2. Medical Marijuana Dispensaries
Even though all Colorado residents now have access to cannabis products, this state has retained its medical marijuana program, which flies in the face of Washington State’s unremitting crackdown on untaxed medical marijuana shops that started the moment this state’s recreational marijuana laws came into effect. However, there’s no way to guarantee the quality or potency of CBD products you purchase as a Colorado medical marijuana cardholder.
3. General Market Retailers
When you shop for CBD from a general market retailer in Colorado, you gain access to increased product options, and you also have the option of purchasing CBD products that have no THC or THC levels low enough that you won’t experience any of the psychoactive effects of this cannabinoid. Just because general market retailers give you access to more CBD product options, however, is no guarantee that you’ll pick the right CBD product when you visit a natural foods store or vape shop. There are plenty of irresponsible general market CBD companies out there, and you’ll need to learn the difference between a good company and a bad company before you proceed.
4. Online from CBGenius
The internet has always been and remains the best place to buy CBD despite the increased availability of this beneficial cannabinoid in recreational shops, medical shops, and general market stores across the country. When you shop for CBD online, you gain access to the largest possible pool of product options, and the incredible degree of competition you find in the online CBD market is always pushing manufacturers to produce excellent products.
For example, this competition gave birth to CBGenius, which is the most scientifically-backed CBD company in this cannabinoid’s general market history. With a team of Ph.D. CBD researchers supporting our explosive growth, we produce the highest-quality cannabidiol products on the internet.
Our research has led us to recognize that both isolate CBD and CBD-rich hemp oil have unique benefits, which is why we offer Full-Spectrum Hemp Oil Extracts and Isolated CBD. Different routes of administration are more effective for different applications, so in addition to oral CBD products, we also offer CBD vape cartridges, CBD lotions, and even CBD bath bombs.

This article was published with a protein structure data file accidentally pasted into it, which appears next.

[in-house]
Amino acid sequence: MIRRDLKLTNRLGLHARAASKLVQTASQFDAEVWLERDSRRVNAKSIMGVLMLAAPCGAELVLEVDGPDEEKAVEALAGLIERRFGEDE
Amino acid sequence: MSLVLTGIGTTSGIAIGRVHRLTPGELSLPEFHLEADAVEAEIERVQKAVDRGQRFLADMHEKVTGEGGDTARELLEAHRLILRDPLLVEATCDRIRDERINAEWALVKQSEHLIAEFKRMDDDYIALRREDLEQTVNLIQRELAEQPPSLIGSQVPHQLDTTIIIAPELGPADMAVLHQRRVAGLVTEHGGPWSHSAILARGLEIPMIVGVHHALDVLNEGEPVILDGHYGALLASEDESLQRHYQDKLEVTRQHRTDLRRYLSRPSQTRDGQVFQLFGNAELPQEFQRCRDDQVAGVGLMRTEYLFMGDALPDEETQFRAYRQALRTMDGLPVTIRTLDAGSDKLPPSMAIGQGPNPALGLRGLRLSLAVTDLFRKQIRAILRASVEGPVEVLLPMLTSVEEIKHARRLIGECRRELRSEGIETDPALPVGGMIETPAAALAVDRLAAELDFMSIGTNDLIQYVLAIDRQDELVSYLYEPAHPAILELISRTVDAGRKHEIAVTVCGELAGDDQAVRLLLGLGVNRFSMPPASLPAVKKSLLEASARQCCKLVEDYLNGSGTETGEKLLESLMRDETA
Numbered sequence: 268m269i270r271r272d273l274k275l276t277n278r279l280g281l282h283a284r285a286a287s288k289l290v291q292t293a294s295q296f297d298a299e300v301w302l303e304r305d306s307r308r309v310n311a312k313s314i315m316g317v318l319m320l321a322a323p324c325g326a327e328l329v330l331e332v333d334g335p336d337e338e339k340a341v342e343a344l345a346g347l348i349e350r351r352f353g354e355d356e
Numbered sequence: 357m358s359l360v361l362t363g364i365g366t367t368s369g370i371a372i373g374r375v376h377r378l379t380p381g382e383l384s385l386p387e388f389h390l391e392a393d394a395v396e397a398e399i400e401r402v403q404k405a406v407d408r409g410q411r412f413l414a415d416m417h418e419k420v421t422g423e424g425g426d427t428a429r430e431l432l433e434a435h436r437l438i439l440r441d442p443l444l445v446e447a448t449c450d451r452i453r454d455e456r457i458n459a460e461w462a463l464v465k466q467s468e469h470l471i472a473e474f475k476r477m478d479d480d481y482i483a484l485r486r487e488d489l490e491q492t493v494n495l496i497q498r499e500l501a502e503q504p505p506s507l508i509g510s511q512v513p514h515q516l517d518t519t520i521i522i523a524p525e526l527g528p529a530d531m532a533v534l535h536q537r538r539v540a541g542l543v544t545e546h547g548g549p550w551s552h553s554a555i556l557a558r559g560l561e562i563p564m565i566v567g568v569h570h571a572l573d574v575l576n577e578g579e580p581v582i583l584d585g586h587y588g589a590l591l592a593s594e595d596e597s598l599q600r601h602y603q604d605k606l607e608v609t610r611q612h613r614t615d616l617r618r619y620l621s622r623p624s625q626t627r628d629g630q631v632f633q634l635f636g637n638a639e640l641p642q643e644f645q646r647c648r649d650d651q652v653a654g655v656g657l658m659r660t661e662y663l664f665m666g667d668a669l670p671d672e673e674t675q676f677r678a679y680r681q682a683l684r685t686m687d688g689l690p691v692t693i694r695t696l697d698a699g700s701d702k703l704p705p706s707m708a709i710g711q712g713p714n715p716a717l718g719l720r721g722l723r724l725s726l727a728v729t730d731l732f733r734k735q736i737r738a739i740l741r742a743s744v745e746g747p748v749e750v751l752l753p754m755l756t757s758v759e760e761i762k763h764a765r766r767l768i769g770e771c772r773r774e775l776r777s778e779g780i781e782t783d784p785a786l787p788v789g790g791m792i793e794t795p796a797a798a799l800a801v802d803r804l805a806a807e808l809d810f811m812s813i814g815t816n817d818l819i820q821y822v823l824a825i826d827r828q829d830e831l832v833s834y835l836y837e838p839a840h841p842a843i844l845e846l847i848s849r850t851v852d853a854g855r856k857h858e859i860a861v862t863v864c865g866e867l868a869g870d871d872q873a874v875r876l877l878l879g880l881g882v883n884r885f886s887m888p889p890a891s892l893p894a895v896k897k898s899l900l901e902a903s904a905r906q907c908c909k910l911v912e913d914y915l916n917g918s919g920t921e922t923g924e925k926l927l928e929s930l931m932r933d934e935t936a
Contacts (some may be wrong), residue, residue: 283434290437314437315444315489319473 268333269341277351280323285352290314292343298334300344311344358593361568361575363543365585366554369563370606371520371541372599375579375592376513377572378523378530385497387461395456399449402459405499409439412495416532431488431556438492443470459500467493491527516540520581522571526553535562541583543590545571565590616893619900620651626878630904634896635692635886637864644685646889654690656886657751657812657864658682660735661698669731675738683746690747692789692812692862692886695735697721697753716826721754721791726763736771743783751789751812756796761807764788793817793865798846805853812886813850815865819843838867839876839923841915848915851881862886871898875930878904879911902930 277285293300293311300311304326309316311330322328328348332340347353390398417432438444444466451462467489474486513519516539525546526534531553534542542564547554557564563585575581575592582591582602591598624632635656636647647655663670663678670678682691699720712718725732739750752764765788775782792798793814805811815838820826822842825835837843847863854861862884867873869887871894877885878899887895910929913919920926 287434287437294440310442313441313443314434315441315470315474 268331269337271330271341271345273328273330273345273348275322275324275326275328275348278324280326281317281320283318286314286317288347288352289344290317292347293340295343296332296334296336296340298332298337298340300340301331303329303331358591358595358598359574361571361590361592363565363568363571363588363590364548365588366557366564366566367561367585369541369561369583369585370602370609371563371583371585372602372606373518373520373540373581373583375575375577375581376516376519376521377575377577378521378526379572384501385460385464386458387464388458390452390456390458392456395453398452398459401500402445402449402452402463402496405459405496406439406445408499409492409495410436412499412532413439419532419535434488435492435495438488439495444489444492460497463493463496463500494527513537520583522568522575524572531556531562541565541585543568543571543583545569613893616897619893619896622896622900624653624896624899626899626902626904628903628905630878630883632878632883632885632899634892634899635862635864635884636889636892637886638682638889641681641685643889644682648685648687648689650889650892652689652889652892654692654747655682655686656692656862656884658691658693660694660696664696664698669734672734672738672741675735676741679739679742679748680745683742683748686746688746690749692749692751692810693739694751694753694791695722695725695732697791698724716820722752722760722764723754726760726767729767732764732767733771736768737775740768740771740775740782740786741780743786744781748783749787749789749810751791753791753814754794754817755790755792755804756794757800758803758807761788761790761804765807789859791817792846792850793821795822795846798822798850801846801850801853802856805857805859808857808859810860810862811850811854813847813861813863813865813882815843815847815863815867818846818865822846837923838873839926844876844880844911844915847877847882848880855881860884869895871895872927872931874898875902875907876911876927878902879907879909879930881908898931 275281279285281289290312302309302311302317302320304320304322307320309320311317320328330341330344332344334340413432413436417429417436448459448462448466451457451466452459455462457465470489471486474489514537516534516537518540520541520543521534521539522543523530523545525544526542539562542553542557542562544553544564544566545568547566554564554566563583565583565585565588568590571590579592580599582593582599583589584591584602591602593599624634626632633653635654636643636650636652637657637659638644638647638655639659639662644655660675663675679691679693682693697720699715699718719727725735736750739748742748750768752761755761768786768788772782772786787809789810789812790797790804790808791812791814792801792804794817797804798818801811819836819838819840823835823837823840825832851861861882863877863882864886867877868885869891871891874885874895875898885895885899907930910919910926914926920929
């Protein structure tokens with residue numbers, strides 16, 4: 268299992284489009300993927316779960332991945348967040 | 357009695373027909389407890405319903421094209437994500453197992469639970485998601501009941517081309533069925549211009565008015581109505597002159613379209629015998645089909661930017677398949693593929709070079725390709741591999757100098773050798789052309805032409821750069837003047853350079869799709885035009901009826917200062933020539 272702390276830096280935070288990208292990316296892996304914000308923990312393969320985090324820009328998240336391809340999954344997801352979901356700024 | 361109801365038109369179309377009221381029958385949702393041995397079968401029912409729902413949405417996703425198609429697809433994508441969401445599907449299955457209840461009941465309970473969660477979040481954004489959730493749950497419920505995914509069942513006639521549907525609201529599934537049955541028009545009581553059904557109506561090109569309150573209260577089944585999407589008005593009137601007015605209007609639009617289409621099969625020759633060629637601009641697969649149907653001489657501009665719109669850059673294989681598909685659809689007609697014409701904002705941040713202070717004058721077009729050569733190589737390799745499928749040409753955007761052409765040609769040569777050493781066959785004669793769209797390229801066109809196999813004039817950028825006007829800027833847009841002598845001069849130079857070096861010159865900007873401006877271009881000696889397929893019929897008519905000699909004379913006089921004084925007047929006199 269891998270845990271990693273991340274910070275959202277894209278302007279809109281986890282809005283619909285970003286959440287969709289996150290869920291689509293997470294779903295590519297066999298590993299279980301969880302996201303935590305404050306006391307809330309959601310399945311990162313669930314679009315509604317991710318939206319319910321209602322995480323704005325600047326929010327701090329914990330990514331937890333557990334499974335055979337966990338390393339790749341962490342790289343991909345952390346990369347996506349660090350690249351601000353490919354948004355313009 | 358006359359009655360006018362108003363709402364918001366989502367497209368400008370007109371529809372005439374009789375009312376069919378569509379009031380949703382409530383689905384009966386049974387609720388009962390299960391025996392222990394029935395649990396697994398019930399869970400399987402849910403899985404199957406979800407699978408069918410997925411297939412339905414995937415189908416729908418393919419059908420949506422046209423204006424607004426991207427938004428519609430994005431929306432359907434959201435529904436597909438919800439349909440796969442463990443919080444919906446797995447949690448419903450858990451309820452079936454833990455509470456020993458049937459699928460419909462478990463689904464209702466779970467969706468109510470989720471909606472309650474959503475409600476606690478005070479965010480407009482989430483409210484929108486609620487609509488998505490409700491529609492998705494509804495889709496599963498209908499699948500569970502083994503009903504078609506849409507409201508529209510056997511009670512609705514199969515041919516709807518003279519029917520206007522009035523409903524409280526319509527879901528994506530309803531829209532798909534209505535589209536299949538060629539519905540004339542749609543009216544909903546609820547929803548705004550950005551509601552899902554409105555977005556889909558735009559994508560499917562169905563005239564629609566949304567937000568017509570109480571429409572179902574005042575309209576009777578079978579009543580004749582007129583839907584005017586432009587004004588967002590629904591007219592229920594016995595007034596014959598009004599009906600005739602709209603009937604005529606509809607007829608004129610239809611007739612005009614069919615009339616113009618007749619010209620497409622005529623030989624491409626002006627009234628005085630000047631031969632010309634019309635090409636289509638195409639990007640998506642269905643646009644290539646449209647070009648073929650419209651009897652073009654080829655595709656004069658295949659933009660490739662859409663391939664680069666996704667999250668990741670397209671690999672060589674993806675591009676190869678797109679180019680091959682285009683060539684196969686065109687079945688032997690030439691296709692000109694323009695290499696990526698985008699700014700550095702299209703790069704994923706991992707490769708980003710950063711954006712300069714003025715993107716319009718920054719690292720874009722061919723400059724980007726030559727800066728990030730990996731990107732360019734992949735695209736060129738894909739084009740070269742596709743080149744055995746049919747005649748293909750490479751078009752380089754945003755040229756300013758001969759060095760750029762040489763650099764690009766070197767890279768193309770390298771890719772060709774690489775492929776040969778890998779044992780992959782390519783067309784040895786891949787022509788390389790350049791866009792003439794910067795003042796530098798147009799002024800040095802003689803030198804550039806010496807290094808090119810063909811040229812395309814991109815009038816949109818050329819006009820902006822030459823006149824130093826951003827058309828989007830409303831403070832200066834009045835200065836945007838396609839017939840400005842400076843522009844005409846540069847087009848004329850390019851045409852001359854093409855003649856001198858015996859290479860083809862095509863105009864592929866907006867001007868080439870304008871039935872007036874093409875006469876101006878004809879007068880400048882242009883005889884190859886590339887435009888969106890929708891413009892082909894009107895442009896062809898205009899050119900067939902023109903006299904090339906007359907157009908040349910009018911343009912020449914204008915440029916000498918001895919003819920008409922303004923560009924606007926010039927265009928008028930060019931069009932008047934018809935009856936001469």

As leaders in CBD innovation, we’re always coming up with better, safer, and more effective ways to deliver the benefits of CBD directly to your door. We proudly ship to addresses in Colorado, so whether you want to receive the best CBD products science can offer at your home or your place of business, we’ve got you covered.
Summing It Up: CBD Law in Colorado
Out of all the states that have legalized recreational cannabis, Colorado seems to have the most reasonable bureaucratic structure for handling CBD. While Colorado law stopped short of specifically dealing with the issue of CBD in its cannabis or industrial hemp legislation, the confluence of cannabis legalization in Colorado, this state’s definition of industrial hemp, and the recent federal descheduling of CBD make now the best time in Colorado’s history to try the benefits of CBD for yourself.
For us at CBGenius, we’re encouraged by the evolution of CBD law in Colorado. Everywhere in the nation, from Kansas to Florida to Maine, state legislators are voting to fully legalize CBD, and many of these states have looked to Colorado as a model for proper CBD legislation. Residents of the Centennial State now have a wealth of options when it comes to sourcing CBD, but our focus on quality and attention to detail still makes CBGenius the preeminent source of full-spectrum hemp products and isolate CBD for everyone in Colorado who wants to experience the incredible benefits of cannabidiol firsthand.
As the ongoing saga of CBD law in America continues to unfold, we’ll be your source of the latest information on cannabidiol developments and how they affect your ability to use CBD free of government overreach. Make sure to check back for updates, and please don’t hesitate to reach out with any comments or questions about the evolution of CBD law in your state.